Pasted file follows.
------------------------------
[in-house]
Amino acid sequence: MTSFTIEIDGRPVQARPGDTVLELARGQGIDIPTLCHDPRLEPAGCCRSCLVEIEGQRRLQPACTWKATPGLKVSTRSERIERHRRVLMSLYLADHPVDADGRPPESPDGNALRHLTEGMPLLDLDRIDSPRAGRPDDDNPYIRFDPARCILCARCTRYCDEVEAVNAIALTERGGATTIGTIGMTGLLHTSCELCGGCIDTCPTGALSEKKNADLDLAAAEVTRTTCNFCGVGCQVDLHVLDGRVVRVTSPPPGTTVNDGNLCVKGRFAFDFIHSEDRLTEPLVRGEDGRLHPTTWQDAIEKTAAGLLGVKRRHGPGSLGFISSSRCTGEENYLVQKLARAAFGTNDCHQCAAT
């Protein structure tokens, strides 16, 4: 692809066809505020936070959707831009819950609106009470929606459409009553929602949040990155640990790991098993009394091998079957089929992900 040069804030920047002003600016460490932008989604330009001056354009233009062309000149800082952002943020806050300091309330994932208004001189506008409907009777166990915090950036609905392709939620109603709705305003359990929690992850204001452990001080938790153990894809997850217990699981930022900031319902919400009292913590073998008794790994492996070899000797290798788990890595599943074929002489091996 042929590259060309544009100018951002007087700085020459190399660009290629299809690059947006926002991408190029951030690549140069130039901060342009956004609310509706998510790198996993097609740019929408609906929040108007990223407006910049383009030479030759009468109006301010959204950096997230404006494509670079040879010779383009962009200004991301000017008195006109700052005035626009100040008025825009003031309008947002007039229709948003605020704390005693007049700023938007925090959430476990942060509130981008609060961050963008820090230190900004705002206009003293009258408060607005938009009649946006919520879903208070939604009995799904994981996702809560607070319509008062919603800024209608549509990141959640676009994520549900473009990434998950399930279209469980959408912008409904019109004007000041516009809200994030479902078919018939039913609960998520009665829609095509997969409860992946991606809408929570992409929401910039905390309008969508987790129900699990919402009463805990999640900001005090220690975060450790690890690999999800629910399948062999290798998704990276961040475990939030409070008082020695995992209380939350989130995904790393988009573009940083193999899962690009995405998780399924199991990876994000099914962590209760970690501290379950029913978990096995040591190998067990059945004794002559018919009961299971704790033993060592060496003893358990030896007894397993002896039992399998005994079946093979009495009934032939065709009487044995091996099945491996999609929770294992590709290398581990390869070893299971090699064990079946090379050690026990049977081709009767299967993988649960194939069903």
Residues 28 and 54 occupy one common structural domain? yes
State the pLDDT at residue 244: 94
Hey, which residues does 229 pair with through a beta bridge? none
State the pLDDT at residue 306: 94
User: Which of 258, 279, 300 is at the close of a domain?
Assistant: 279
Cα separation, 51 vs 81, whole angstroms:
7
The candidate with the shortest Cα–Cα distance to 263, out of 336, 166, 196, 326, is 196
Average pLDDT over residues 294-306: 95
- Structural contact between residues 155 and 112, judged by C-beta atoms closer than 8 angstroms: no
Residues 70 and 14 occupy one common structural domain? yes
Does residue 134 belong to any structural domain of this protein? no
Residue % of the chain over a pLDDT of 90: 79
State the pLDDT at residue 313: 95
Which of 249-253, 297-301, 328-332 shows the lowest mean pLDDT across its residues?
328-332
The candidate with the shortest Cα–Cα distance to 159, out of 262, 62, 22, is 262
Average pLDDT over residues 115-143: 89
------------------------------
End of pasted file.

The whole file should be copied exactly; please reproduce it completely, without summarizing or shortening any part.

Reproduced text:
[in-house]
Amino acid sequence: MTSFTIEIDGRPVQARPGDTVLELARGQGIDIPTLCHDPRLEPAGCCRSCLVEIEGQRRLQPACTWKATPGLKVSTRSERIERHRRVLMSLYLADHPVDADGRPPESPDGNALRHLTEGMPLLDLDRIDSPRAGRPDDDNPYIRFDPARCILCARCTRYCDEVEAVNAIALTERGGATTIGTIGMTGLLHTSCELCGGCIDTCPTGALSEKKNADLDLAAAEVTRTTCNFCGVGCQVDLHVLDGRVVRVTSPPPGTTVNDGNLCVKGRFAFDFIHSEDRLTEPLVRGEDGRLHPTTWQDAIEKTAAGLLGVKRRHGPGSLGFISSSRCTGEENYLVQKLARAAFGTNDCHQCAAT
């Protein structure tokens, strides 16, 4: 692809066809505020936070959707831009819950609106009470929606459409009553929602949040990155640990790991098993009394091998079957089929992900 040069804030920047002003600016460490932008989604330009001056354009233009062309000149800082952002943020806050300091309330994932208004001189506008409907009777166990915090950036609905392709939620109603709705305003359990929690992850204001452990001080938790153990894809997850217990699981930022900031319902919400009292913590073998008794790994492996070899000797290798788990890595599943074929002489091996 042929590259060309544009100018951002007087700085020459190399660009290629299809690059947006926002991408190029951030690549140069130039901060342009956004609310509706998510790198996993097609740019929408609906929040108007990223407006910049383009030479030759009468109006301010959204950096997230404006494509670079040879010779383009962009200004991301000017008195006109700052005035626009100040008025825009003031309008947002007039229709948003605020704390005693007049700023938007925090959430476990942060509130981008609060961050963008820090230190900004705002206009003293009258408060607005938009009649946006919520879903208070939604009995799904994981996702809560607070319509008062919603800024209608549509990141959640676009994520549900473009990434998950399930279209469980959408912008409904019109004007000041516009809200994030479902078919018939039913609960998520009665829609095509997969409860992946991606809408929570992409929401910039905390309008969508987790129900699990919402009463805990999640900001005090220690975060450790690890690999999800629910399948062999290798998704990276961040475990939030409070008082020695995992209380939350989130995904790393988009573009940083193999899962690009995405998780399924199991990876994000099914962590209760970690501290379950029913978990096995040591190998067990059945004794002559018919009961299971704790033993060592060496003893358990030896007894397993002896039992399998005994079946093979009495009934032939065709009487044995091996099945491996999609929770294992590709290398581990390869070893299971090699064990079946090379050690026990049977081709009767299967993988649960194939069903």
Residues 28 and 54 occupy one common structural domain? yes
State the pLDDT at residue 244: 94
Hey, which residues does 229 pair with through a beta bridge? none
State the pLDDT at residue 306: 94
User: Which of 258, 279, 300 is at the close of a domain?
Assistant: 279
Cα separation, 51 vs 81, whole angstroms:
7
The candidate with the shortest Cα–Cα distance to 263, out of 336, 166, 196, 326, is 196
Average pLDDT over residues 294-306: 95
- Structural contact between residues 155 and 112, judged by C-beta atoms closer than 8 angstroms: no
Residues 70 and 14 occupy one common structural domain? yes
Does residue 134 belong to any structural domain of this protein? no
Residue % of the chain over a pLDDT of 90: 79
State the pLDDT at residue 313: 95
Which of 249-253, 297-301, 328-332 shows the lowest mean pLDDT across its residues?
328-332
The candidate with the shortest Cα–Cα distance to 159, out of 262, 62, 22, is 262
Average pLDDT over residues 115-143: 89